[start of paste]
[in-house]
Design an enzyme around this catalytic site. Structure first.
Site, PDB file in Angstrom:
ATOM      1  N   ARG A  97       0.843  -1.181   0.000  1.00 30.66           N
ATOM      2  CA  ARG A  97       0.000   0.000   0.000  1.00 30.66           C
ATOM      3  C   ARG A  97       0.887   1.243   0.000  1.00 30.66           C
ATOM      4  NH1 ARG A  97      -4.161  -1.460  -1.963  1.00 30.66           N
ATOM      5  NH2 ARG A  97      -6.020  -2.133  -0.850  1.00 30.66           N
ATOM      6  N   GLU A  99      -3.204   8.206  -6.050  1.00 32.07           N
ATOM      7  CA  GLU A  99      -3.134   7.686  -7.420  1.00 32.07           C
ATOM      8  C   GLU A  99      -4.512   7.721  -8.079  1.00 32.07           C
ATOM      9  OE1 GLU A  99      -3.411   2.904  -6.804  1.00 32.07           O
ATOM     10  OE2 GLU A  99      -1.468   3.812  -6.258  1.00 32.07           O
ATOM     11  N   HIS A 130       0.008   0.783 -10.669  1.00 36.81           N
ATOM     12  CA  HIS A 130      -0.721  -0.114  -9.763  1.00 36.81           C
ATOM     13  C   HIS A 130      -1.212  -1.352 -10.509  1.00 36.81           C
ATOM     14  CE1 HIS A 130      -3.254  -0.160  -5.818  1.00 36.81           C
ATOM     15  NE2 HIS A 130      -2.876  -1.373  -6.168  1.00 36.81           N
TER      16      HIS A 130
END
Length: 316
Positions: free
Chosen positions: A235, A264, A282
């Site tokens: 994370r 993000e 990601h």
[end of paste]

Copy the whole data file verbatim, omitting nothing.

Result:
[in-house]
Design an enzyme around this catalytic site. Structure first.
Site, PDB file in Angstrom:
ATOM      1  N   ARG A  97       0.843  -1.181   0.000  1.00 30.66           N
ATOM      2  CA  ARG A  97       0.000   0.000   0.000  1.00 30.66           C
ATOM      3  C   ARG A  97       0.887   1.243   0.000  1.00 30.66           C
ATOM      4  NH1 ARG A  97      -4.161  -1.460  -1.963  1.00 30.66           N
ATOM      5  NH2 ARG A  97      -6.020  -2.133  -0.850  1.00 30.66           N
ATOM      6  N   GLU A  99      -3.204   8.206  -6.050  1.00 32.07           N
ATOM      7  CA  GLU A  99      -3.134   7.686  -7.420  1.00 32.07           C
ATOM      8  C   GLU A  99      -4.512   7.721  -8.079  1.00 32.07           C
ATOM      9  OE1 GLU A  99      -3.411   2.904  -6.804  1.00 32.07           O
ATOM     10  OE2 GLU A  99      -1.468   3.812  -6.258  1.00 32.07           O
ATOM     11  N   HIS A 130       0.008   0.783 -10.669  1.00 36.81           N
ATOM     12  CA  HIS A 130      -0.721  -0.114  -9.763  1.00 36.81           C
ATOM     13  C   HIS A 130      -1.212  -1.352 -10.509  1.00 36.81           C
ATOM     14  CE1 HIS A 130      -3.254  -0.160  -5.818  1.00 36.81           C
ATOM     15  NE2 HIS A 130      -2.876  -1.373  -6.168  1.00 36.81           N
TER      16      HIS A 130
END
Length: 316
Positions: free
Chosen positions: A235, A264, A282
């Site tokens: 994370r 993000e 990601h």